[to be continued]
Notes by Annette Lavers
 The mysterious text on the drawing Portrait by Himself, ‘Par les dieux jumeaux, tous les monstres ne sont pas en Afrique’, is the opening line in Cyrano de Bergerac’s comedy Le Pédant joué (1645, published 1654), which Beardsley must have discovered in his peregrinations in second-hand booksellers, unless he sought his work because Cyrano, with Swift, is the main follower of Lucian’s True History, for which he did five drawings. ‘De Bergerac’, in Chapter V of The Story of Venus and Tannhäuser, is the author of the ballet Les Bacchanales de Sporion, perhaps because Venus, in his comedy, is described as a goddess ‘qui comme putain court l’aiguillette’. [An ‘aiguillette’ (smart punctuation needed) is an ornament on military uniform, but also means a thin slice of flesh as in ‘aiguillette de canard’ – a thin slice of duck breast. An ‘aiguille’ is a needle. So this translates as either ‘who like a whore runs after the military’ or possibly ‘… runs after prick.’ Or both.] Cyrano is also well-known as one of Molière’s sources, and Molière is also mentioned (with his character Cathos) in that same chapter, and described in a way which corresponds to his portraits and shows him as the pictorial source of the Messenger in the drawing The Mysterious Rose Garden.
 The unexpurgated text was published by Leonard Smithers in 1907 under that title, but an expurgated version of three chapters appeared in volumes 1 and 2 of The Savoy (1896) under the title Under the Hill, another title being necessary after Beardsley’s dismissal by Lane from his editorship of the Yellow Book since Lane was originally to publish the tale – he did in fact reprint the Savoy text in 1904. Although bowdlerized, it includes interesting additions which not only add to the stylistic interest (for instance the footnotes which mimic eighteenth-century fiction) but sometimes have a confessional, and even, as will be seen, hidden erotic nature. Later editors have therefore invariably conflated the two versions, and some of them attempted a continuation and conclusion of the story as indicated by its title. John Glassco’s Olympia Press sequel is a betrayal of Beardsley’s work inasmuch as its clearly instrumental character makes it pornographic – and he adds the sadism which is significantly absent from the original, in the forms favoured by his culture – but his pastiche is sometimes adroit and he has grasped the timelessness of the Venusberg. Beardsley’s work is in fact self-contained and in no need of a continuation whose content and tone would be, to say the least, extremely problematic. The final paradox produced by the complicated copyright situation was the 1927 American edition where the illustrations are by another artist, and not only mediocre but very traditional.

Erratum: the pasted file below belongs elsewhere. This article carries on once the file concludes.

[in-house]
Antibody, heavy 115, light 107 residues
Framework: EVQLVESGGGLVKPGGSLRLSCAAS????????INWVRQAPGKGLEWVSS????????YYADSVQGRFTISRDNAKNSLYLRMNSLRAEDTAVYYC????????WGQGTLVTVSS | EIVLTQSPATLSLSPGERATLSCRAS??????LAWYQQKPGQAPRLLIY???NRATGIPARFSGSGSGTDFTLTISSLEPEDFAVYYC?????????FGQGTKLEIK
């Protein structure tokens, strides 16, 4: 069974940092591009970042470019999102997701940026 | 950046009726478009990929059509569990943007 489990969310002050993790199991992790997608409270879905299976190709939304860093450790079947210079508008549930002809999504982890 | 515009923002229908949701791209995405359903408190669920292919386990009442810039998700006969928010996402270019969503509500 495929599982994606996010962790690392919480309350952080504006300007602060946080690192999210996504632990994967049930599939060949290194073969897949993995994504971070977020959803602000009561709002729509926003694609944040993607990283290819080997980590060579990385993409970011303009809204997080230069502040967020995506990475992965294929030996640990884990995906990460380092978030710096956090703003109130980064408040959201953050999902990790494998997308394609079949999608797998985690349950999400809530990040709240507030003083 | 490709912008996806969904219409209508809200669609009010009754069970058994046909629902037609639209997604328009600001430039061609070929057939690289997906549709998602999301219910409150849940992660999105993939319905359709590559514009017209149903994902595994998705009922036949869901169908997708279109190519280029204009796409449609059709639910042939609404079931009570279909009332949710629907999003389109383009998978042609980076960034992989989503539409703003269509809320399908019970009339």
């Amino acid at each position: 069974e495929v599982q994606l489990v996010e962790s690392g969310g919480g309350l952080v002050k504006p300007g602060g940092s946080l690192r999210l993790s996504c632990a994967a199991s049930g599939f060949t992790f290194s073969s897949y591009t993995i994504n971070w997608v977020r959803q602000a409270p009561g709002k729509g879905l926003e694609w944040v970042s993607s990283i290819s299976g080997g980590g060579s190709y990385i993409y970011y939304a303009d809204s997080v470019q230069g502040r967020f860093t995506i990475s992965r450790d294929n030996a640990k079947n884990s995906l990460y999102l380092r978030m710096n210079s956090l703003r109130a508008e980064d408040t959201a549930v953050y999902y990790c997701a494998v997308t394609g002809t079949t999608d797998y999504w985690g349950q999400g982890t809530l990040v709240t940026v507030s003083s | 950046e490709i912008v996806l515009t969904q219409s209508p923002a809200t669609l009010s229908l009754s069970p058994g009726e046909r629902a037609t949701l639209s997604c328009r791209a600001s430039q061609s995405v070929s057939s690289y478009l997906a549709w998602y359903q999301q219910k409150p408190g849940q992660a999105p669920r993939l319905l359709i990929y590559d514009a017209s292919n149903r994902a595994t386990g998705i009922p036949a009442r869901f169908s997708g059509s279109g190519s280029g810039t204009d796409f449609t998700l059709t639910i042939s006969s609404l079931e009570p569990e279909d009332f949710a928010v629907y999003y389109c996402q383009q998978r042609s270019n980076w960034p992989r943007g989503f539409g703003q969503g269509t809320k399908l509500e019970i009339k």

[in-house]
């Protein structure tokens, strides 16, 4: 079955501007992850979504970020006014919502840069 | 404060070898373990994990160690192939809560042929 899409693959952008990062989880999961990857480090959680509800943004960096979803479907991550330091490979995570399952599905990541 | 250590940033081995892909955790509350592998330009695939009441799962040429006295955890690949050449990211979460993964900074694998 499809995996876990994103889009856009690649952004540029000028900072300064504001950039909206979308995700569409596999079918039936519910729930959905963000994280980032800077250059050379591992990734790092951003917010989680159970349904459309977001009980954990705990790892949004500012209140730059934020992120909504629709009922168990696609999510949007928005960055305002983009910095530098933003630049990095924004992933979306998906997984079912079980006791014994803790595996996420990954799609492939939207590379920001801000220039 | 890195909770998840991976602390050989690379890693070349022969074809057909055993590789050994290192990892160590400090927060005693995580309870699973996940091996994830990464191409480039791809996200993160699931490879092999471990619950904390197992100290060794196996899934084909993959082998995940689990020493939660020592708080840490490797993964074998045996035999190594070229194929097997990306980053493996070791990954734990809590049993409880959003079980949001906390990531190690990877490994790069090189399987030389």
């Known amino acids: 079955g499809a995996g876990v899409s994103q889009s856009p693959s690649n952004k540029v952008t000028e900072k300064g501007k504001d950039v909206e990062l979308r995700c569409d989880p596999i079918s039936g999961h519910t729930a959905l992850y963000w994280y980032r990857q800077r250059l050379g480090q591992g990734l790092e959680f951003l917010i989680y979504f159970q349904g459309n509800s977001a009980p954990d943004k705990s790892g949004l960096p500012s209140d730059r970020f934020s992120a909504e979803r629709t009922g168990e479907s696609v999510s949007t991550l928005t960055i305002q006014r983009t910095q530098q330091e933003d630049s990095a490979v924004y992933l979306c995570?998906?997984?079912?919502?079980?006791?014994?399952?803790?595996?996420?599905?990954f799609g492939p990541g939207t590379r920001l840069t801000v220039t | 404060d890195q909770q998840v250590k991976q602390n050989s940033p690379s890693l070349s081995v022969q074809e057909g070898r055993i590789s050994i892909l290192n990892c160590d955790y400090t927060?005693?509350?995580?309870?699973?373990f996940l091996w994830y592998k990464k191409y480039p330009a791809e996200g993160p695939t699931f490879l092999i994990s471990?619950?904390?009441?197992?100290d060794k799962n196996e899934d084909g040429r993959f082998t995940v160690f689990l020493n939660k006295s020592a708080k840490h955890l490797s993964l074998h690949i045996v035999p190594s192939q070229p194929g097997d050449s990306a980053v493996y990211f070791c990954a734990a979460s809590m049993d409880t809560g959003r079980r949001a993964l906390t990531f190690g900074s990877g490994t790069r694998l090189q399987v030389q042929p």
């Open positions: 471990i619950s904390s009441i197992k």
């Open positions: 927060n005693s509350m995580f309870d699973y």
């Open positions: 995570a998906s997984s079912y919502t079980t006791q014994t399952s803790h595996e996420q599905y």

I have been unable to consult the manuscript again, but existing reproductions of Beardsley’s writing (e.g. in words like ‘Lysistrata’, ‘Jesus is our Lord and Judge’, ‘My dear Smithers’) show that his ‘L’s are linked to the next letter, and his ‘S’s are not, as in the case of ‘L’Eau Savante’. This new reading, however, is simply a minor aspect in the present article, which does not depend on it.
 cf Baudelaire, ‘La Mort des Amants’: ‘Nous aurons des lits pleins d’odeurs legeres’. [‘The Death of Lovers’: We shall have beds full of light odours].
 ‘Savante’ can have erotic connotations in French (cf ‘caresses savantes’, [knowing caresses] or Paul Valery ‘Je sais ou je vais/Laisse-toi conduire’) [I know where I’m going / Allow yourself to be led] – a reference to an ars amandi [arts of love].
 Wagner modified several times the first version of his opera, incorporating new ways of rendering sexual passion after writing Tristan and Isolde, and adding a Bacchanal which he describes in Beardsleyesque terms: ‘Numerous sleeping Cupids are hurdled together in a confused tangle like children who, tired after play, have fallen asleep’, etc.
 See Lavers, ‘“Aubrey Beardsley, Man of Letters”’.
 Maas, Duncan, and Good, p. 249.
 The case of Mario Praz is singular. While he stated that ‘the accessible version is very much expurgated’, he did not try to read it, yet went out of his way to depreciate its seriousness, distinction, and even meaning, ending up with a frankly ridiculous misunderstanding of the dedication – a failure in sympathy which reflects on his book, which sometimes descends from a work of interpretation to a simple bibliography.